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Curr Opin Oncol. Author manuscript; available in PMC 2014 September 01.

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Published in final edited form as:
Curr Opin Oncol. 2013 September ; 25(5): 487–494. doi:10.1097/01.cco.0000432525.70099.a4.

Pathology of lymphoma in HIV
Ethel Cesarman
Weill Cornell Medical College, New York, NY, USA

Abstract

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Purpose of review—Individuals with HIV infection have a greatly increased risk of developing
malignancies, even when HIV infection is successfully controlled with antiretrovirals. NonHodgkin’s lymphoma is considered an AIDS-defining entity, and this disease is currently the most
common type of cancer in HIV-infected individuals in the US and Europe. Here we describe the
different types of lymphomas occurring in individuals with AIDS, and the most relevant
pathologic features helpful for histologic and immunohistochemical diagnosis.
Recent findings—The incidence of some AIDS-related lymphoma subtypes has changed since
the introduction of combined antiretroviral therapy, and some of the diagnostic methodologies
have evolved. New biomarkers of disease have been identified, which may be useful for diagnosis.
Summary—Better pathological classification strategies and deeper molecular understanding of
the different lymphoma subtypes that occur in people with AIDS will begin to allow the transition
to more precise diagnosis and targeted treatments.
Keywords
AIDS; lymphoma; Epstein Barr virus (EBV); Kaposi’s sarcoma herpesvirus (KSHV/HHV-8);
Human immunodeficiency virus (HIV)

Introduction
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Non-Hodgkin lymphomas (NHL) are considered an AIDS-defining condition and currently
represents the most common types of cancer in individuals with HIV infection in developed
countries. Kaposi’s sarcoma (KS) used to be more common than NHL, and while it remains
more common in sub-Saharan Africa, KS has decreased in incidence in developed countries,
so that NHL now has a higher incidence than KS in this part of the world (1, 2). One recent
epidemiologic study found that NHL comprises 53% of all AIDS defining cancers (1).
Furthermore, NHLs have been reported to be the most common cancer-related cause of
death in HIV-infected individuals in the US (36% of deaths during 1996-2006) (1). While
NHL overall has been decreasing in incidence since the introduction of combined
antiretroviral therapy (cART), classical Hodgkin lymphoma (CHL) has been increasing in
incidence. While in the Unites States CHL appears to remain much less commonly reported
in HIV-infected patients than NHL (2), the Swiss Cohort Study found a standardized
incidence ratio (SIR) of 35 for CHL, which was higher than that of KS (SIR=25) and NHL
Contact information: Ethel Cesarman, MD, PhD, Dept. of Pathology and Lab Medicine, Weill Cornell Medical College, 1300 York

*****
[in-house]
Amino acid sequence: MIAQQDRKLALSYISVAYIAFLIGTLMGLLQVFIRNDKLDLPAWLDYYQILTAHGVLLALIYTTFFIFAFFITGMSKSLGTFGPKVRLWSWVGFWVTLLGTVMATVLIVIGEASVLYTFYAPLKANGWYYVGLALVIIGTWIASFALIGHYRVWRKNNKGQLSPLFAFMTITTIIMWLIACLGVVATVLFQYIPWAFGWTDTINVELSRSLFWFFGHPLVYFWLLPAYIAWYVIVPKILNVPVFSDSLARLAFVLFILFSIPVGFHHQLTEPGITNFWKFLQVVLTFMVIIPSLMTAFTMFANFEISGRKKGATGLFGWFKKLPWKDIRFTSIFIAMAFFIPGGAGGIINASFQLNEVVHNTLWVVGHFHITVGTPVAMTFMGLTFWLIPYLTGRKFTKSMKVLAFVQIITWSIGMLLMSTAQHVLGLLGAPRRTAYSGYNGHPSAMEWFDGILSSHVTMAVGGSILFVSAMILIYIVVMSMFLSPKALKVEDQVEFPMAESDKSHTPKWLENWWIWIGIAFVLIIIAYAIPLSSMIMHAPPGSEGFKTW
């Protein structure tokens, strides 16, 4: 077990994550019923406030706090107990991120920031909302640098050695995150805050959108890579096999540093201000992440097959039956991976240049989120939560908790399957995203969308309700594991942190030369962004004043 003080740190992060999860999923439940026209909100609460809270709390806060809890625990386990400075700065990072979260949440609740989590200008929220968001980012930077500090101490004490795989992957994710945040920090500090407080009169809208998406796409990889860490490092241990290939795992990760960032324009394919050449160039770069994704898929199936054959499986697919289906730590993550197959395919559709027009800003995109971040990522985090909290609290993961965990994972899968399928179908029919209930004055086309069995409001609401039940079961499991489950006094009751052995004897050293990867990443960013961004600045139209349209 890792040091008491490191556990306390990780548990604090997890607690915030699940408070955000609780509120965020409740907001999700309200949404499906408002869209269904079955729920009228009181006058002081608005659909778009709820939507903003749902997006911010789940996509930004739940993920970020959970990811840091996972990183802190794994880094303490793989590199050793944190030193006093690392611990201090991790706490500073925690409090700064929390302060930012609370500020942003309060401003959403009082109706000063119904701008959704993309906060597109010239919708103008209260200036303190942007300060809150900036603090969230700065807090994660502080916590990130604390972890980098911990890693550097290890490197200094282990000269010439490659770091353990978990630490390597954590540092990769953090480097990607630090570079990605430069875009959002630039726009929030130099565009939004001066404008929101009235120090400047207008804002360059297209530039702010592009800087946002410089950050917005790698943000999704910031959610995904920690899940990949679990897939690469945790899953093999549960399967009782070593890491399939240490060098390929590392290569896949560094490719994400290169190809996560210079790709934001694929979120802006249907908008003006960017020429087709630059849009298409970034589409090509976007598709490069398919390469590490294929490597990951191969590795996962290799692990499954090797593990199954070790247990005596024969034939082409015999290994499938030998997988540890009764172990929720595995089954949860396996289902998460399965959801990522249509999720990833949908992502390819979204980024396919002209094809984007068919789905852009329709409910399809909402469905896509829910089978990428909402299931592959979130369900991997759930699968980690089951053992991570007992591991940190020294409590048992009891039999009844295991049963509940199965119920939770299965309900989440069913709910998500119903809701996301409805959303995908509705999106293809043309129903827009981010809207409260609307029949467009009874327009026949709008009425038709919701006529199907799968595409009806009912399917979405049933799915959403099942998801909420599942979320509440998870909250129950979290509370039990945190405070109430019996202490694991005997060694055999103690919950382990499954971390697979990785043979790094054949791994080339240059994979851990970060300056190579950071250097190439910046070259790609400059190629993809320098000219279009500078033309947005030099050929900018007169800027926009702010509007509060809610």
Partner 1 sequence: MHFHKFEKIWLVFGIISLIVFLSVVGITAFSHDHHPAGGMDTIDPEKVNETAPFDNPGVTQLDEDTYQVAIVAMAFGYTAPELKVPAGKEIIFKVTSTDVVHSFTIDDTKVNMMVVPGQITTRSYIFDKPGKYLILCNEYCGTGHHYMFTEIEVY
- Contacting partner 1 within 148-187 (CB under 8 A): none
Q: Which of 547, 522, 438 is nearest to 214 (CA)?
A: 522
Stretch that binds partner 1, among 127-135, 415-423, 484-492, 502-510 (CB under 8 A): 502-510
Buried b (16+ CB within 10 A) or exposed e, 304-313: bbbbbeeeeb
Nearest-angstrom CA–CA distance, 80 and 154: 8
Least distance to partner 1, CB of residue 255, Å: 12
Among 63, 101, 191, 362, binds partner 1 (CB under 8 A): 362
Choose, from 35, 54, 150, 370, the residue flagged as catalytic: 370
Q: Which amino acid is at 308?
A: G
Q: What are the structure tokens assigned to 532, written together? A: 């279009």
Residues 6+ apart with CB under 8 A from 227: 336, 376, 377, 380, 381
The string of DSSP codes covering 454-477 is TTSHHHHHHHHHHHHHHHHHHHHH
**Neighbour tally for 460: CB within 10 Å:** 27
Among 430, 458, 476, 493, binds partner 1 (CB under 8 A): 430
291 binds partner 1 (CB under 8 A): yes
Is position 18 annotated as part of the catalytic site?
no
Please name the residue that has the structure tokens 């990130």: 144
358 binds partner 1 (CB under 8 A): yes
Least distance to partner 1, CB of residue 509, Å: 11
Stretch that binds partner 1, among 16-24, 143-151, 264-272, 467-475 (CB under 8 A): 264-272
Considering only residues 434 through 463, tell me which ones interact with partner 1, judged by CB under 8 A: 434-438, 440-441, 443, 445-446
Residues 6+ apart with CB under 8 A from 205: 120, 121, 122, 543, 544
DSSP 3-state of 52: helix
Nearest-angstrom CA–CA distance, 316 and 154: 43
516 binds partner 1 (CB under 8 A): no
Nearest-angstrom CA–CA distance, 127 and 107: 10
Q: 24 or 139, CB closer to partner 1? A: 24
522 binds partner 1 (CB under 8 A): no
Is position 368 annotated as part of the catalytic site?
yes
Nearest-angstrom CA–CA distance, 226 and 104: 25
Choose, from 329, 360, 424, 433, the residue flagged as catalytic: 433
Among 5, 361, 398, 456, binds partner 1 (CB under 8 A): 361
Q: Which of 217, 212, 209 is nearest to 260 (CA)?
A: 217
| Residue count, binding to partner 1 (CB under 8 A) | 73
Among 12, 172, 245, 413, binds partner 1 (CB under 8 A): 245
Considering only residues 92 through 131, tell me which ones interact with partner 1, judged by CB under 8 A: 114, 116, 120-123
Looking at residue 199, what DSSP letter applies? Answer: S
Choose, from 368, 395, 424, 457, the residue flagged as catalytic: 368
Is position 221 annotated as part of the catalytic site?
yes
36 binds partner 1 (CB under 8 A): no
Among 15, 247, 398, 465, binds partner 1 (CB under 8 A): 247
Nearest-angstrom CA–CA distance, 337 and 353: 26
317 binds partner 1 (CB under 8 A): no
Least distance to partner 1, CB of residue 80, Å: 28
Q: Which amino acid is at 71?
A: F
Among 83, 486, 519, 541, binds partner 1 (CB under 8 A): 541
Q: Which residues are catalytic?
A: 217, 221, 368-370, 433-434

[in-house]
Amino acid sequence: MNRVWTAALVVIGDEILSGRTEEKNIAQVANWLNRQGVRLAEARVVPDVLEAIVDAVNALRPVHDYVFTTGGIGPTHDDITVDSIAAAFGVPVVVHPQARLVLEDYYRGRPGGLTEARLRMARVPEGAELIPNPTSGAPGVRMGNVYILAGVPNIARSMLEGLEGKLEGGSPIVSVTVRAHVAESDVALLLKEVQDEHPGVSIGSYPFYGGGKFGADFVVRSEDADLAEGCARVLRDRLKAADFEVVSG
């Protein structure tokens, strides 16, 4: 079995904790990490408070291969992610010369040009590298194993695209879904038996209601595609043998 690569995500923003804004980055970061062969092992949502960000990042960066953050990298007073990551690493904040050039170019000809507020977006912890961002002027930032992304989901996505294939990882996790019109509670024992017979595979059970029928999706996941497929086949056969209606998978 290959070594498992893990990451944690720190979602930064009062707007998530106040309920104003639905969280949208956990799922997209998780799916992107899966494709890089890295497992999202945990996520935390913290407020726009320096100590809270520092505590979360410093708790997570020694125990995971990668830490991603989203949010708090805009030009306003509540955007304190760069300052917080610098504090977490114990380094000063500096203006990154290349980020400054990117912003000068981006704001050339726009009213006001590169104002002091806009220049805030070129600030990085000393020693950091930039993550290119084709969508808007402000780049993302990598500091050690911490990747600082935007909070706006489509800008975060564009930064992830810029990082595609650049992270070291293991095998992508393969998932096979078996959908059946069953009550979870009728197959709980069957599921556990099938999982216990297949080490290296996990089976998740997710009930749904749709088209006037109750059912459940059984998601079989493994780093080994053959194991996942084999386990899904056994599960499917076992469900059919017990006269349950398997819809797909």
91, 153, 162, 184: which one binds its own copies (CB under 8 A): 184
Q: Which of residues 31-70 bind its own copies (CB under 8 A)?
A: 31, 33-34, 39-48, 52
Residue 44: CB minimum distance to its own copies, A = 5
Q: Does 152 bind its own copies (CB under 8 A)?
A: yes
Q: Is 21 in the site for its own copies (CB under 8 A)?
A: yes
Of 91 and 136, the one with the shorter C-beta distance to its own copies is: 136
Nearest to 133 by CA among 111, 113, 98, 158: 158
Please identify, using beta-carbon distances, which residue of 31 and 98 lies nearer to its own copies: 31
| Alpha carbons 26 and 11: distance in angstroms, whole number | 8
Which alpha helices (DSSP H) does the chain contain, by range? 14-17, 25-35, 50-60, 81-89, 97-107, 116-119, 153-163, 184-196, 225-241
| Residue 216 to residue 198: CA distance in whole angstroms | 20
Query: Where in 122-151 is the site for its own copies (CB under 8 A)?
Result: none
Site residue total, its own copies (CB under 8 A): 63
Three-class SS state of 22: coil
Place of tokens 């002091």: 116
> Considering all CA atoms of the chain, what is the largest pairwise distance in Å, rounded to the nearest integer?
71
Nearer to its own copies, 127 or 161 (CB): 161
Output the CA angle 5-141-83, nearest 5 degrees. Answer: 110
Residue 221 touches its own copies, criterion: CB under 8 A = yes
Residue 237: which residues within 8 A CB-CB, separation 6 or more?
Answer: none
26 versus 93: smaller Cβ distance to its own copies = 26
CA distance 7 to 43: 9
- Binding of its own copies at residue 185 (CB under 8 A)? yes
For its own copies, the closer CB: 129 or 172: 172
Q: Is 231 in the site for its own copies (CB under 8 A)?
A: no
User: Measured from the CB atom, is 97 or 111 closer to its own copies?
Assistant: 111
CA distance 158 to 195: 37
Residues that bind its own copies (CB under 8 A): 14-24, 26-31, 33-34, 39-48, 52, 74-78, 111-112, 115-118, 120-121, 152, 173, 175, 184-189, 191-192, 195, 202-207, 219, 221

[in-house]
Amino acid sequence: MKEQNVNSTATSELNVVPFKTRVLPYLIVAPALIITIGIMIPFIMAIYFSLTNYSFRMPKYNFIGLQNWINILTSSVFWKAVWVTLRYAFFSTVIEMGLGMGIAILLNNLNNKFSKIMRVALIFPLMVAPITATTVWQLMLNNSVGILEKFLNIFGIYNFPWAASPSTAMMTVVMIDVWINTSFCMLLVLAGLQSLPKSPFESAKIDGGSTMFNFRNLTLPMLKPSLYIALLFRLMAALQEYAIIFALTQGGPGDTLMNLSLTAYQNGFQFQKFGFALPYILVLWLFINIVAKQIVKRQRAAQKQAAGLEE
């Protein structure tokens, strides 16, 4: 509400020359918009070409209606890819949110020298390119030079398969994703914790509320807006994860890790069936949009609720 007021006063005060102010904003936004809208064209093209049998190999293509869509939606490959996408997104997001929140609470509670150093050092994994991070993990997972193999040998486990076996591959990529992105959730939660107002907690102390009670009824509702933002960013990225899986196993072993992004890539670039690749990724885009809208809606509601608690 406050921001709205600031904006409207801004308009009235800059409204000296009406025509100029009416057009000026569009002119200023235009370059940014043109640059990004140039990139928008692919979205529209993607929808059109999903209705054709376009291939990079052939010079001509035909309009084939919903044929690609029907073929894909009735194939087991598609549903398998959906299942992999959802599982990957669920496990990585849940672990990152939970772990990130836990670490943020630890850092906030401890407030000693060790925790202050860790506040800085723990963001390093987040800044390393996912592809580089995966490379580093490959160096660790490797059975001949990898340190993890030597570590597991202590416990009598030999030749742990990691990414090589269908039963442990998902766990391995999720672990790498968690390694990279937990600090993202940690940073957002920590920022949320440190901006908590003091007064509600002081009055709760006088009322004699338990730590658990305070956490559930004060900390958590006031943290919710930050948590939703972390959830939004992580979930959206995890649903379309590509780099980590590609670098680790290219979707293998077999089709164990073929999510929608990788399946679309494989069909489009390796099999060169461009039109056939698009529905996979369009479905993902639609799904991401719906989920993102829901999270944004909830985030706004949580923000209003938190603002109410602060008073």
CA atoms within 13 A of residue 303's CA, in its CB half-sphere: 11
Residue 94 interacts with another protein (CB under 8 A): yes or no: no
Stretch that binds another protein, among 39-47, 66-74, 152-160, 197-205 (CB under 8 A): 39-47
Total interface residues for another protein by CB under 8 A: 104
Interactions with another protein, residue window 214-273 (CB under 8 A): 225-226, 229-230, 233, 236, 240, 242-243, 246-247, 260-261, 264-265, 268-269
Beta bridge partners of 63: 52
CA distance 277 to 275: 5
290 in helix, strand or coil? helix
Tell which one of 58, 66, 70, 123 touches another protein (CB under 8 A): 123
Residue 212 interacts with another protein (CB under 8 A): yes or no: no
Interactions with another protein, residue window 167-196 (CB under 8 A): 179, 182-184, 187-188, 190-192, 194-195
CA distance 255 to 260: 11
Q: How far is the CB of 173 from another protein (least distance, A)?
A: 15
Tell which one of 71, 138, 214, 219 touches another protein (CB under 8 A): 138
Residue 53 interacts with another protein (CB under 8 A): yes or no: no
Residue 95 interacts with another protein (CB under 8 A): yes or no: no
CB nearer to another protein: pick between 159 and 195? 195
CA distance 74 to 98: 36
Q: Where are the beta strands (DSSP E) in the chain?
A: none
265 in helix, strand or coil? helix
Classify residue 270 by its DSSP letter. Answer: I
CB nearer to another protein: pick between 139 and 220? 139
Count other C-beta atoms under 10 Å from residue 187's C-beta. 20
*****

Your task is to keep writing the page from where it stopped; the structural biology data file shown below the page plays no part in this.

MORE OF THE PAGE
Avenue, Room C410, New York, NY 10065, Tel: 212-746-8838, ecesarm@med.cornell.edu.

and some distinct lymphoma types are more common. in particular IL6. Lymphomas subtypes occurring in HIV-infected individuals NIH-PA Author Manuscript Diffuse large B cell lymphomas (DLBCL)—These lymphomas occur in both HIVinfected and uninfected individuals. AIDS-related lymphomas are almost always of B cell origin. with reported rates approaching 90%. Here we will review the pathology of AIDS-related lymphomas.e. In terms of viral infection. and is more frequently associated with EBV infection. IL10. while others preferentially develop in the context of HIV or in patients with other immunodeficiencies. chronic antigenic stimulation. What is clear is that specific lymphoma subtypes are caused by one or both herpesviruses of the gamma subfamily: Epstein Barr virus (EBV/HHV-4) and Kaposi’s sarcoma herpesvirus (KSHV/HHV-8). non-coding viral RNAs. sCD27. Atlhough it has been difficult to pinpoint the specific immunological events that lead to lymphoma. and perhaps for earlier diagnosis. CRP. NIH-PA Author Manuscript The pathogenesis of NHL in the context AIDS is complex and may be related to disrupted immune surveillance. in some instances. and furthermore specific alleles of CXCL13 or its receptor CXCR5 are associated with these increased CXCL13 levels. suggesting a possible genetic predisposition (9). which are abundantly expressed. and sCD30 (8). genetic alterations. and cytokine dysregulation (4-6). DLBCLs have been divided on the basis of cellular morphology into centroblastic and immunoblastic categories. and/or by primary site of presentation (i. The latter tend to be more frequently viral associated. several B cell stimulatory cytokines have been found to be increased in HIV-infected people prior to a diagnosis of lymphoma. so the frequency of this subtype has dramatically decreased with the widespread use of cART in the US and Europe. HIVrelated lymphomas have traditionally been classified by morphology. but possible direct effects through secreted viral proteins have not been ruled out (7). available in PMC 2014 September 01. but there are some differences between these two groups. The reason why these lymphomas occur in people with more advanced immunodeficiency is that EBV within the tumors cells expresses a number of proteins. providing the most up to date nomenclature and pathologic diagnostic criteria. Author manuscript. In the context of HIV. by altering immune responses. as determined on analysis of 72 cases is shown in Figure 1A. 11). including NHL and CHL. body cavity) (6). the effects of HIV may be indirect. molecular alterations (10. systemic. sCD23. in what has been Curr Opin Oncol. The distribution of these subtypes and association with EBV. viral infection. Assessment of the serum levels of these cytokines may be used to identify patients at highest risk for NHL. The immuoblastic type is mostly seen in people with AIDS. Some of these lymphoma types can occur in both HIV uninfected and infected patients. More recently. including LMP1 and EBNA2 that are oncogenic but also immunogenic. immunophenotype and. EBV is most commonly detected in diagnostic pathology laboratories using in situ hybridization for EBERs (Figure 1B). One recent study revealed that serum levels of the CXCL13 chemokine are increased in HIV-infected individuals before a diagnosis of lymphoma. .Cesarman Page 2 NIH-PA Author Manuscript (SIR=24) (3). Patients with the immunoblastic variant usually have very advanced AIDS and are significantly immunosuppressed. primary central nervous system. these lymphomas have been classified according to the WHO classification as distinct disease entities based on morphology.